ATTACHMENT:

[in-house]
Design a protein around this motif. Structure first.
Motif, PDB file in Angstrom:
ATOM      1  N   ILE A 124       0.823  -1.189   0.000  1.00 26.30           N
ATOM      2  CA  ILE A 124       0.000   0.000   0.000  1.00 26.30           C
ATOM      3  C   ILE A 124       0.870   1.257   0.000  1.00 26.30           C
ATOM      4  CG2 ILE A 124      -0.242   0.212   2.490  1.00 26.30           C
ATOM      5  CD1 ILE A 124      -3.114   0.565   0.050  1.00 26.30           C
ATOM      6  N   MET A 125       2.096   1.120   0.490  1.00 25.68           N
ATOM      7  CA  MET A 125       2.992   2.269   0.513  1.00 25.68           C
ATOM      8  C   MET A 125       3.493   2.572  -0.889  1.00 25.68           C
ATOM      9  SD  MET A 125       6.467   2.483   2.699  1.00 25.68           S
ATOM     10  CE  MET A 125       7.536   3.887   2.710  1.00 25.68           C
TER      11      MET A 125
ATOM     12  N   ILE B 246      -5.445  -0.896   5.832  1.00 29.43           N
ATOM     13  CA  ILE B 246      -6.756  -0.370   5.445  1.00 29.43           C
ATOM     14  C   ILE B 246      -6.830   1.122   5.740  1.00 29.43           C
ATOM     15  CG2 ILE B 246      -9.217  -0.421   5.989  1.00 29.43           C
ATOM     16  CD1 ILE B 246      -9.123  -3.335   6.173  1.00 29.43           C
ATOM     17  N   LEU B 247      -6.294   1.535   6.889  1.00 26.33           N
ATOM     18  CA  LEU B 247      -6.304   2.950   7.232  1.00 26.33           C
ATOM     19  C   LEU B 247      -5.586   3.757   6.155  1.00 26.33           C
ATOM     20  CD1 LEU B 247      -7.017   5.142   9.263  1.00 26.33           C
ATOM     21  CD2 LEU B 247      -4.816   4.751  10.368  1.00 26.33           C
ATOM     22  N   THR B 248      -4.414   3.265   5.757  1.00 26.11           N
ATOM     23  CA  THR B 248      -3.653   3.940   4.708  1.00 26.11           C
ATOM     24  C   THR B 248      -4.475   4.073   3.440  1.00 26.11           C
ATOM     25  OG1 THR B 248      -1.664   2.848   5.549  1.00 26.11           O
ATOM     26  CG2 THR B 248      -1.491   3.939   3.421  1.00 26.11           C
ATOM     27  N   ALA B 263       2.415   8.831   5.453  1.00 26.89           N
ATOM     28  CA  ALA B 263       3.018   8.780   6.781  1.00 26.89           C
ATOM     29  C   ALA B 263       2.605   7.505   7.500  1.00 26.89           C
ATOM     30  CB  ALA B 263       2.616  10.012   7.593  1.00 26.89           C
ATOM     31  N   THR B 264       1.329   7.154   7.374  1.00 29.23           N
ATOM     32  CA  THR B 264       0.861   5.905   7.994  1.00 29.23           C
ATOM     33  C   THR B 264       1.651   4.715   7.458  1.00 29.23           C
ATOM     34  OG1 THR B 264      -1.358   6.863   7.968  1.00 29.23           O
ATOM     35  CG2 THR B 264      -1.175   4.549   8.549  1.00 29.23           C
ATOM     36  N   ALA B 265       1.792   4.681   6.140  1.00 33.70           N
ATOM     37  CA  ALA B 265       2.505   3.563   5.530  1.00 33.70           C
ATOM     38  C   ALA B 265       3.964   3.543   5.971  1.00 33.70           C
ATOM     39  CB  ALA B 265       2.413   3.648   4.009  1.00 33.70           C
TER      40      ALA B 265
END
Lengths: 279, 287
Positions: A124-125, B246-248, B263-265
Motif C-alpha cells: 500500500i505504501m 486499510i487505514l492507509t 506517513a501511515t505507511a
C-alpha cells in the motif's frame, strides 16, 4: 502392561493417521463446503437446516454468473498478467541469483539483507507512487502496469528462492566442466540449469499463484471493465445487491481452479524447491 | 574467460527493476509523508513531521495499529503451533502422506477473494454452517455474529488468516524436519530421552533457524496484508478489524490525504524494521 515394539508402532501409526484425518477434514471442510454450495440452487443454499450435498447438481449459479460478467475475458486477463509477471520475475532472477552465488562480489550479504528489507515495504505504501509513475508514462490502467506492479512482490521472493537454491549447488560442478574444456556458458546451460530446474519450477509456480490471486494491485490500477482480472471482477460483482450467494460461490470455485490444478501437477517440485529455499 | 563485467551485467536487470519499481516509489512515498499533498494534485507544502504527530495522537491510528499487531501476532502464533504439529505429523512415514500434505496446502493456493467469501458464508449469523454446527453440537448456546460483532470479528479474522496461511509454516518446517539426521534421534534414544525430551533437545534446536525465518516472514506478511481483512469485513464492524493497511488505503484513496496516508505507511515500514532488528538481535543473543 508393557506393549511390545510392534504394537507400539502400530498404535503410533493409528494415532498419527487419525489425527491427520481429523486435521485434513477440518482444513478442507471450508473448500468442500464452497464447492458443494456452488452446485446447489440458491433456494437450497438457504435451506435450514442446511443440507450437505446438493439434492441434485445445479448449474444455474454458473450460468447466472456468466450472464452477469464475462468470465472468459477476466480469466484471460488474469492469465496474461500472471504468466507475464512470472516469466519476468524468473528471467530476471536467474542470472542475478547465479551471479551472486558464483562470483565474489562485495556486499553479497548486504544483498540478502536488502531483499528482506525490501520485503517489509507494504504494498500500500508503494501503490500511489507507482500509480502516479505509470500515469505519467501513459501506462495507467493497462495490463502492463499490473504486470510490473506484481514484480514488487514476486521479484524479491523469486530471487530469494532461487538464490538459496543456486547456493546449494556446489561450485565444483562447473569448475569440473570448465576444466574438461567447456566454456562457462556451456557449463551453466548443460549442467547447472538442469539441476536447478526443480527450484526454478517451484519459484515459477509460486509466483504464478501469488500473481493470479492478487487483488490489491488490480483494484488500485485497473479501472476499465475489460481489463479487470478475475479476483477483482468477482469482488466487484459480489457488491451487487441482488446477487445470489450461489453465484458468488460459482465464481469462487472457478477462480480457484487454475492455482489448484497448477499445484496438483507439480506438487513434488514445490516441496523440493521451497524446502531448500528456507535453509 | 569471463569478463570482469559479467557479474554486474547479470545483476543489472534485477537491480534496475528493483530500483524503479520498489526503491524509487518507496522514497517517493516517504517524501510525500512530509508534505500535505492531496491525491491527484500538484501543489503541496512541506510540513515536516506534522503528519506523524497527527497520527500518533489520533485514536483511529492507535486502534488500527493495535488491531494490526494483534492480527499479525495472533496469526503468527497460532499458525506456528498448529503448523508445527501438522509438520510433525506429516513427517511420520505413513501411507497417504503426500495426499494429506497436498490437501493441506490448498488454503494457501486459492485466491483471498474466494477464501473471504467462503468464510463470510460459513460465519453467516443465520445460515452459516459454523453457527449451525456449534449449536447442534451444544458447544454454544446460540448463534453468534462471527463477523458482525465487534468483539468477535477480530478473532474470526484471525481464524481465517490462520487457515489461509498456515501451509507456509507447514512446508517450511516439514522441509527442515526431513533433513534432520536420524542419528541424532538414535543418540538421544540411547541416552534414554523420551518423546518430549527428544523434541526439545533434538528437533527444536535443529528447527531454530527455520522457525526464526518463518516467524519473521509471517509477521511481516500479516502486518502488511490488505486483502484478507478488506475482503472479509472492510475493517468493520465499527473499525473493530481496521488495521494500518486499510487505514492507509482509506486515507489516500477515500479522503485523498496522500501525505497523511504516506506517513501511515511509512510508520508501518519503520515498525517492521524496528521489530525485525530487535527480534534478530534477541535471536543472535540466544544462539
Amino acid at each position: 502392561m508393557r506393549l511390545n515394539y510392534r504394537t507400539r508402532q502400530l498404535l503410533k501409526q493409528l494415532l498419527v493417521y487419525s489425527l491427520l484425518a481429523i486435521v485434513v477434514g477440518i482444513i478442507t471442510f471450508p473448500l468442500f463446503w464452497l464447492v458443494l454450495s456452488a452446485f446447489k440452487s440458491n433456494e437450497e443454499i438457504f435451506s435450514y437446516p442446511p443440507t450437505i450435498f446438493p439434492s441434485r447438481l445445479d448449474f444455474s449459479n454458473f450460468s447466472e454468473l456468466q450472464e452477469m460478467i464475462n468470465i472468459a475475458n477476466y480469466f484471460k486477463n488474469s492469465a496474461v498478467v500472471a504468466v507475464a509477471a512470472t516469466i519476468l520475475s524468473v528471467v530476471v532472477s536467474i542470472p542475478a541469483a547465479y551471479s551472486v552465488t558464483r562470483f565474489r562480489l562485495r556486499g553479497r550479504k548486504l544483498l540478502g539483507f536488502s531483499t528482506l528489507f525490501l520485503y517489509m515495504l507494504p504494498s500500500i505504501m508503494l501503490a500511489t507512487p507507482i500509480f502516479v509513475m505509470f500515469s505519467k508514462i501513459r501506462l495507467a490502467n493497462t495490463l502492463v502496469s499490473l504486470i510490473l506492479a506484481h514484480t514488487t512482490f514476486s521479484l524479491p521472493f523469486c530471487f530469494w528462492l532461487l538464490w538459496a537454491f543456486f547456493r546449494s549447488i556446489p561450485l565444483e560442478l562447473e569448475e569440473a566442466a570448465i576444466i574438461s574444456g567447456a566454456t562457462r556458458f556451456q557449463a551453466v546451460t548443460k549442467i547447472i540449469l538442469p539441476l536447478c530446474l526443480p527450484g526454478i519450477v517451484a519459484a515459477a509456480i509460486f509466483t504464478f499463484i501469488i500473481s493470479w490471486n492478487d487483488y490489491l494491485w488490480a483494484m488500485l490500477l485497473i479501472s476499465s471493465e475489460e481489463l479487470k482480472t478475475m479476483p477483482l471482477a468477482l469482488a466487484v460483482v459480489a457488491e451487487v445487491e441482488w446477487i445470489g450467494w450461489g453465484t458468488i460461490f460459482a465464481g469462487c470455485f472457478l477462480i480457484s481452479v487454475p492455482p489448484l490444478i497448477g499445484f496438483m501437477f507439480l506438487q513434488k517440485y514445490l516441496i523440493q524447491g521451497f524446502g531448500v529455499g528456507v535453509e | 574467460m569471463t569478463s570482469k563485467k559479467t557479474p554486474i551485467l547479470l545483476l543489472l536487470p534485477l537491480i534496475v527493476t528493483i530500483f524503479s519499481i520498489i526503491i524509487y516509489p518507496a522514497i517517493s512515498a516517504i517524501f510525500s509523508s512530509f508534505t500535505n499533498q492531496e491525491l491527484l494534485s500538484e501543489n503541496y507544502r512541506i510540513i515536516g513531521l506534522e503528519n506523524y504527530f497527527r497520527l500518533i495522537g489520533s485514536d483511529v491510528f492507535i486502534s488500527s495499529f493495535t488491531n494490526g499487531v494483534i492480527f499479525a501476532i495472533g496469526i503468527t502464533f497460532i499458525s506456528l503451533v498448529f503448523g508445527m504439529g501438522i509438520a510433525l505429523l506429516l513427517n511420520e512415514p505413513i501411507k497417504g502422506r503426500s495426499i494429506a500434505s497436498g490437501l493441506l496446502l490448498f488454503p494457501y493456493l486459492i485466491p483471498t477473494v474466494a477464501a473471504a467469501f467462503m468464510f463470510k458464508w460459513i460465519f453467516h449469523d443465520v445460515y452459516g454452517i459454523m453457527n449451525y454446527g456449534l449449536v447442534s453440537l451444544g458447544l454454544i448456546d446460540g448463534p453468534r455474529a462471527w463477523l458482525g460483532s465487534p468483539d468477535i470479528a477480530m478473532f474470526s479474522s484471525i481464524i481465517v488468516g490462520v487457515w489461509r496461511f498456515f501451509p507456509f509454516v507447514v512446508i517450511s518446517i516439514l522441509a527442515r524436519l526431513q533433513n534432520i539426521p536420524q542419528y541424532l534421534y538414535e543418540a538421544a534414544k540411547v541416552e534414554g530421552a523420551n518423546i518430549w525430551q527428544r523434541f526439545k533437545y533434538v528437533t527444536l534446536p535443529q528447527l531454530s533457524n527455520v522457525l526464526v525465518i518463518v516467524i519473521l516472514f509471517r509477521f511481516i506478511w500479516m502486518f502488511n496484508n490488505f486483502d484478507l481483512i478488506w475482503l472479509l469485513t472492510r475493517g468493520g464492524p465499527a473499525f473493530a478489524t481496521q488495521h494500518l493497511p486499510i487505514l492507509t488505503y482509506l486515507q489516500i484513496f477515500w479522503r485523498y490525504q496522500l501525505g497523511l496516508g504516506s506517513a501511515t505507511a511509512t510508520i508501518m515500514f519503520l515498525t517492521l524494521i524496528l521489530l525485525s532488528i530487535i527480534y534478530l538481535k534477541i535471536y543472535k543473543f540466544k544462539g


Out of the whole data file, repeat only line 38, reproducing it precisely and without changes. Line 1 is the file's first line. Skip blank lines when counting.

ATOM     35  CG2 THR B 264      -1.175   4.549   8.549  1.00 29.23           C